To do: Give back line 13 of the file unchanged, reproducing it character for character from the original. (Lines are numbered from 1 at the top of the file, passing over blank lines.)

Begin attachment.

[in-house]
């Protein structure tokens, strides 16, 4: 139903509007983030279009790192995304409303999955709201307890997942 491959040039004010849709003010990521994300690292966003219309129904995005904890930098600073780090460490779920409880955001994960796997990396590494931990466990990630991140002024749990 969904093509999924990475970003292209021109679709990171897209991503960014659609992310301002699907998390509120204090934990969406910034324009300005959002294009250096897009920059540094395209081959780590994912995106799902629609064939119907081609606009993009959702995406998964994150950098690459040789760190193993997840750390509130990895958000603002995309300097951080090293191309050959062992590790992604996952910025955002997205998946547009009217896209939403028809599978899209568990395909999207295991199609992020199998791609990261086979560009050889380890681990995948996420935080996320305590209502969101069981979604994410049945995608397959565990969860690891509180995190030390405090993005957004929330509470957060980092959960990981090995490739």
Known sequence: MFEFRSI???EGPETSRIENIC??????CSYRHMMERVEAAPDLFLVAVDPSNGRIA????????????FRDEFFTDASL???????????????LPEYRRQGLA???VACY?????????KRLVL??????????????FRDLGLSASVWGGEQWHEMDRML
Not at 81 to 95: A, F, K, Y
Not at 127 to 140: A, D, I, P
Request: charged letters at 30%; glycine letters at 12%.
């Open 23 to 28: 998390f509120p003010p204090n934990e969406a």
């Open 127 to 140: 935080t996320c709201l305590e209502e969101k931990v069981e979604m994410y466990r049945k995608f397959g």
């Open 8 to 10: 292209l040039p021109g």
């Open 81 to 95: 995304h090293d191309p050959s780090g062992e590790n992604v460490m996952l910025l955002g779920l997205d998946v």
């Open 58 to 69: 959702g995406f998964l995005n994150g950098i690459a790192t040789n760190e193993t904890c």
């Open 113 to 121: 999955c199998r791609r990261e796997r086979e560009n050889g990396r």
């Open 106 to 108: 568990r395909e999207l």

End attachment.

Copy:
């Open 106 to 108: 568990r395909e999207l």